Hegel held that ideas are the motivating force behind history. Marx believes that economic forces are the fundamental driving forces behind human history, and these forces determine the kinds of ideas that are held at any given moment. Ideas are, therefore, a secondary “epiphenomena” created by material forces. Popper agrees with this analysis in a limited way. He agrees that material forces are primary. He agrees that economic forces are important and fundamental in some way but disagrees with the kind of “economic fundamentalism” that Marx embraced. [4]

However, unlike Marx, whose theories required a socialist revolution in the material world, Popper believes in the ability of sound ideas to influence and cause dramatic and positive change in society and social institutions. [5] Popper accepts, with qualification, Marx’s emphasis on class struggle but denies that it is the sole force in human history. In particular, Popper rejects the notion that human history is faced with a choice between capitalism and socialism. The development of modern Western social democracy refutes Marx’s prediction of a dramatic choice between only two alternative forms of social organization. [6]

Limits on Revolutionary Violence

Popper rejects the modern fascination with power as the source of political life and evolution. Hegel, for example, saw war as the fundamental force in history. This notion resulted in two destructive world wars. Marx substitutes class conflict and economic struggle as the fundamental sources of power that propel history. [7] The result was the devastatingly harmful revolutions seen in Russia, China, and other places during the 20th Century.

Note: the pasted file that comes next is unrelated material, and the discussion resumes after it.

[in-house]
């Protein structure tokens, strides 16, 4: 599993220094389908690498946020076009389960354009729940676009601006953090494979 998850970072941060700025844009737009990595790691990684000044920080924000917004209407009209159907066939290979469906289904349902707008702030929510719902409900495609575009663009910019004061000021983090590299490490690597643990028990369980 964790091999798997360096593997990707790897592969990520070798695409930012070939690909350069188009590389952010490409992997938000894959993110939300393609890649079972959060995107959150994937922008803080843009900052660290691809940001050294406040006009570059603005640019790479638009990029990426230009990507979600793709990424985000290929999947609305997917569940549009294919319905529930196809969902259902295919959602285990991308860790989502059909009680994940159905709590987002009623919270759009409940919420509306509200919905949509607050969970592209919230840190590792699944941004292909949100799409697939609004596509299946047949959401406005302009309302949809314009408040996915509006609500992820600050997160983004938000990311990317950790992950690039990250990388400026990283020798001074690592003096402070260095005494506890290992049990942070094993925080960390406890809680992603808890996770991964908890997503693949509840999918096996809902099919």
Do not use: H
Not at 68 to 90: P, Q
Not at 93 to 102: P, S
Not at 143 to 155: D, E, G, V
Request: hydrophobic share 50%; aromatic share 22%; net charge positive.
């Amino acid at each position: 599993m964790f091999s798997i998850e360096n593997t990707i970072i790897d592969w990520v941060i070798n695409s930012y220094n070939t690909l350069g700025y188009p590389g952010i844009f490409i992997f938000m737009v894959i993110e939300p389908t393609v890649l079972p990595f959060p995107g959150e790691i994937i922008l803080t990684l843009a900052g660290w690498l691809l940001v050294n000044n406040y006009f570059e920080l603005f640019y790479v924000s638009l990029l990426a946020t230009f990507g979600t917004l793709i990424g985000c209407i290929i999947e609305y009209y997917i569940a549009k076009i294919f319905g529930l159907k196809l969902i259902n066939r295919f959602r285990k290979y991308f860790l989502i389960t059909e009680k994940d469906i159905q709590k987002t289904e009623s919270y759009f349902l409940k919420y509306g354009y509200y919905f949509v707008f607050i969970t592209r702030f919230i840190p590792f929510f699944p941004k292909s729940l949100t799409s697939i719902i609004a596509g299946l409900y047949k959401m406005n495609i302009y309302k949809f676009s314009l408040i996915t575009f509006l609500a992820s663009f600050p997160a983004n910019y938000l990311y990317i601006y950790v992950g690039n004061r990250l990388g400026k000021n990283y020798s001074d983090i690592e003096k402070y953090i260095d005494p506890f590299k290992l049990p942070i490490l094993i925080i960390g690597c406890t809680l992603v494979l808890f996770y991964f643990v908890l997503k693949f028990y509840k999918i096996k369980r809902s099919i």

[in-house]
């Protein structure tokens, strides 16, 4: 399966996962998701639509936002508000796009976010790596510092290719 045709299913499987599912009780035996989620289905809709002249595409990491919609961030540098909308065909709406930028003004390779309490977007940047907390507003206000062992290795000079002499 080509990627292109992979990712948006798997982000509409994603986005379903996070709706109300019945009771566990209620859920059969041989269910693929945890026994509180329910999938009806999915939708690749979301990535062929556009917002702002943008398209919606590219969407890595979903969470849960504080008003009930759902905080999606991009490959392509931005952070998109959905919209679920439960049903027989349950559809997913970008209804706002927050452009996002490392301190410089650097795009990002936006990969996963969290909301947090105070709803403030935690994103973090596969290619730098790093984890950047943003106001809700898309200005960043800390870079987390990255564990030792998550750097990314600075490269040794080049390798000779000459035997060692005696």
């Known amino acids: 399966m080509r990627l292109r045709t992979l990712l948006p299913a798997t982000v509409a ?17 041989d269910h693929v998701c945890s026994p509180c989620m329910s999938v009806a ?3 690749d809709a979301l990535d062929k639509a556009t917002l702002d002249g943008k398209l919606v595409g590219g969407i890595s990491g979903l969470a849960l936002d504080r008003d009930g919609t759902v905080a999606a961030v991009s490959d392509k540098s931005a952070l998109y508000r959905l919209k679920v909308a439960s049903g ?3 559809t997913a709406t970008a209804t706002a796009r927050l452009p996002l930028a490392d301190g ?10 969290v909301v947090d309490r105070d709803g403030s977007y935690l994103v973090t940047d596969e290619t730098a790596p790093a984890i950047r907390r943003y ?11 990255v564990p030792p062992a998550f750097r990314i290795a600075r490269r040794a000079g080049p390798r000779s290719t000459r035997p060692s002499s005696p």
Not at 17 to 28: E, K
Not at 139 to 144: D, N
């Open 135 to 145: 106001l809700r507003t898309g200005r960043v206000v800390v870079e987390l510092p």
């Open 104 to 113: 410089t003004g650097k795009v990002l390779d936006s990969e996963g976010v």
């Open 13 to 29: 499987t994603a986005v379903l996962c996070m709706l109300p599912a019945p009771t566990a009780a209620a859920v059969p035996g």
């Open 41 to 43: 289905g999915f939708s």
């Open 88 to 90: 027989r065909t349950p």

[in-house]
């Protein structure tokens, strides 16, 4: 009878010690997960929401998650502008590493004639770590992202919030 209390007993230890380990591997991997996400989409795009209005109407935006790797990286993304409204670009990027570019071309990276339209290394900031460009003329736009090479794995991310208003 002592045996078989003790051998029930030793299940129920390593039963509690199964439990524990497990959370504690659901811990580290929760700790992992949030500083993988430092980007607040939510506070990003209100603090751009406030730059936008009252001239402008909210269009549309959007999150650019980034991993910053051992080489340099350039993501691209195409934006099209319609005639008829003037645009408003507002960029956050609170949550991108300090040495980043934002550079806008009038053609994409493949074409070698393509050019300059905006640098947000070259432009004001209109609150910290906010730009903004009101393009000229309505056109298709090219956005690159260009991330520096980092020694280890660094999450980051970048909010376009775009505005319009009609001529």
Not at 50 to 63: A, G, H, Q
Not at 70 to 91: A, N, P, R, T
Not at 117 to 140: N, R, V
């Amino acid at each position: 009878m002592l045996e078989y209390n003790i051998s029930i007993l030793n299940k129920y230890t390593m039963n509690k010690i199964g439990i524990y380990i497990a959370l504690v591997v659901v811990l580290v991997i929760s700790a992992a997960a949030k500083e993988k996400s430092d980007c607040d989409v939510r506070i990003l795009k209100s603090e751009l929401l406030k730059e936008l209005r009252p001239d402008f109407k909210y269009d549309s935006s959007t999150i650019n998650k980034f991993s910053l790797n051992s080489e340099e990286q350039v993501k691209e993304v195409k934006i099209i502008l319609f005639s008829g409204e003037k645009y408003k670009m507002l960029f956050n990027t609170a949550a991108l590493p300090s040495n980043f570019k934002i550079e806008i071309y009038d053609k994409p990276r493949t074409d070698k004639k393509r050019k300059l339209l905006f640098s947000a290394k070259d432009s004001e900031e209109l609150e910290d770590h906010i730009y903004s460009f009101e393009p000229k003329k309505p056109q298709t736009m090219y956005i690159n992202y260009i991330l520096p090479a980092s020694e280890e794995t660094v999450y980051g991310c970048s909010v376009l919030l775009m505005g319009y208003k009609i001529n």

Popper rejects not just the inevitability of violent revolution but also the general desirability of revolutionary violence. He views this aspect of Marxism as its most harmful contribution to political theory, a conclusion that the sufferings of the 20th Century bear out in practice. [8] In Popper’s view, revolutionary violence, which parts of ancient and Christian thought permit, must be directed towards the overthrowing of a totalitarian state and its replacement with democratic institutions. Beyond this, only the defense of democratic institutions can justify violence. [9]

In condemning Marxism and its violent ideology, Popper speaks words of continuing importance today:

I do not believe that we should ever attempt to achieve more than that (ie, democratic institutions) by violent means. For I believe that such an attempt would involve the risk of destroying all prospects of reasonable reform. The prolonged use of violence may lead in the end to the loss of freedom, since it is liable to bring about, not a dispassionate rule of reason, but the rule of the strongman. A violent revolution which tries to attempt more than the destruction of tyranny, is at least as likely to bring about another tyranny, as it is likely to achieve its real aims. [10]